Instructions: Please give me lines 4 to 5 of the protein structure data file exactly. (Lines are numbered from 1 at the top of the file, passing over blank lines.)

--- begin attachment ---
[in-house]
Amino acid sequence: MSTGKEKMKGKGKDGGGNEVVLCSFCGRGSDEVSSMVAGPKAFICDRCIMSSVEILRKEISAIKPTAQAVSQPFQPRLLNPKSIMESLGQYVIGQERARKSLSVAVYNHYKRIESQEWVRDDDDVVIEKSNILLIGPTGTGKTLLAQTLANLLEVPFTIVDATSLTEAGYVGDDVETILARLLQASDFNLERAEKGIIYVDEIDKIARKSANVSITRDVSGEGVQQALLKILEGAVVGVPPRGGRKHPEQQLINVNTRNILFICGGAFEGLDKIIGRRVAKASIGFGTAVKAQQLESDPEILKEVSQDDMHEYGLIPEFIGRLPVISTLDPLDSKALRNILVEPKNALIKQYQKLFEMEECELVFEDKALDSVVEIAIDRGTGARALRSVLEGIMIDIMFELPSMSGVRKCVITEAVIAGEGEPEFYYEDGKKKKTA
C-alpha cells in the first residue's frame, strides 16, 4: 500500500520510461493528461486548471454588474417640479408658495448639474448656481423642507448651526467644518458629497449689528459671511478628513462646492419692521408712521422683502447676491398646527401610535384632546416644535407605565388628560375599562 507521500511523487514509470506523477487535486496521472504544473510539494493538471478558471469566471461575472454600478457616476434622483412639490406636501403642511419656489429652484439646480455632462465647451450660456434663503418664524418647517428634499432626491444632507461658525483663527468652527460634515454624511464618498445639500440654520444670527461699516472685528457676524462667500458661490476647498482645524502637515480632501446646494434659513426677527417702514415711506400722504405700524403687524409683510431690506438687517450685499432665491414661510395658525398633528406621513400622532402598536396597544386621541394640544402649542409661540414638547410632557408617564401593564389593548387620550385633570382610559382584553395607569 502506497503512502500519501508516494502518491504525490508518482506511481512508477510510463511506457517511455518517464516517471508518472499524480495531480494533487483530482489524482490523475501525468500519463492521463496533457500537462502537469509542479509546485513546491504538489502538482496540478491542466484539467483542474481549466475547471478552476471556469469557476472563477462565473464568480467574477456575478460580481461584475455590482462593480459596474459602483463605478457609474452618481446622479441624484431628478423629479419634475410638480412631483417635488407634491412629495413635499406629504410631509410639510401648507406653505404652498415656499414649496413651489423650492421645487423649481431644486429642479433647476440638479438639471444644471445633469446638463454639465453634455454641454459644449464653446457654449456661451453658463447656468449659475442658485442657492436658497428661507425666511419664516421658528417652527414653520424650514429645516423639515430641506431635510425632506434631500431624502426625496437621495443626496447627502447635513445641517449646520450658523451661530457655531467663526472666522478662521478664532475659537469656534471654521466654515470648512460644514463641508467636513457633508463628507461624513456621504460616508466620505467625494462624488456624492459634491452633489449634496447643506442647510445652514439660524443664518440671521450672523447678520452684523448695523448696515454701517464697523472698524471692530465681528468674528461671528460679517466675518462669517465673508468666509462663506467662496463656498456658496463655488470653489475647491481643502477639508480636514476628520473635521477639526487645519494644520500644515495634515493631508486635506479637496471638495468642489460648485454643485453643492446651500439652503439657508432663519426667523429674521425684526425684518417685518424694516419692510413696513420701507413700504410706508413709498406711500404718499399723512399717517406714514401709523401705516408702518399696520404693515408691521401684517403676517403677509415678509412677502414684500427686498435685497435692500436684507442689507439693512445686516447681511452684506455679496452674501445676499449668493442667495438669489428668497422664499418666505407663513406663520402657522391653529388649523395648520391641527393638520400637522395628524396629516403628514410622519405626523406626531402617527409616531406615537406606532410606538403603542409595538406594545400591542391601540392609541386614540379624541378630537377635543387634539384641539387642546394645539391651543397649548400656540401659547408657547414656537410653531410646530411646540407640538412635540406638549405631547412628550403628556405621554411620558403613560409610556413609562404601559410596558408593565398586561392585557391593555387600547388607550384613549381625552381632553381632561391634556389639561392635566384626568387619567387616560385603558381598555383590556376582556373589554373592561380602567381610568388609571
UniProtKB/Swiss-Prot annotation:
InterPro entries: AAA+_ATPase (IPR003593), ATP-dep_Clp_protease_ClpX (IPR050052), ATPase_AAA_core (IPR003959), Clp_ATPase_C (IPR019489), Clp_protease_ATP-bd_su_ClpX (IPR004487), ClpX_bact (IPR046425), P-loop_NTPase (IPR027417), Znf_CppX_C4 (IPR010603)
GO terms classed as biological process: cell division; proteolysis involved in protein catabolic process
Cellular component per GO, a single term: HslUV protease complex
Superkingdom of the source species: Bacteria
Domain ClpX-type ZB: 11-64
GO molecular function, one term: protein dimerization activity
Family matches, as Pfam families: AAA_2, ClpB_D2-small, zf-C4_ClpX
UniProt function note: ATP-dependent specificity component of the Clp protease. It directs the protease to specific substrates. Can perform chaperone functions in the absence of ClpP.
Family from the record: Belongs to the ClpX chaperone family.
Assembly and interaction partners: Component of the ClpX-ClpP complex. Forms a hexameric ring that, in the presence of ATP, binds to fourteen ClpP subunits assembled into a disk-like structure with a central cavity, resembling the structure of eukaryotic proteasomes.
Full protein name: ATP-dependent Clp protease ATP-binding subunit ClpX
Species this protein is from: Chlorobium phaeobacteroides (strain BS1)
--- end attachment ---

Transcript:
UniProtKB/Swiss-Prot annotation:
InterPro entries: AAA+_ATPase (IPR003593), ATP-dep_Clp_protease_ClpX (IPR050052), ATPase_AAA_core (IPR003959), Clp_ATPase_C (IPR019489), Clp_protease_ATP-bd_su_ClpX (IPR004487), ClpX_bact (IPR046425), P-loop_NTPase (IPR027417), Znf_CppX_C4 (IPR010603)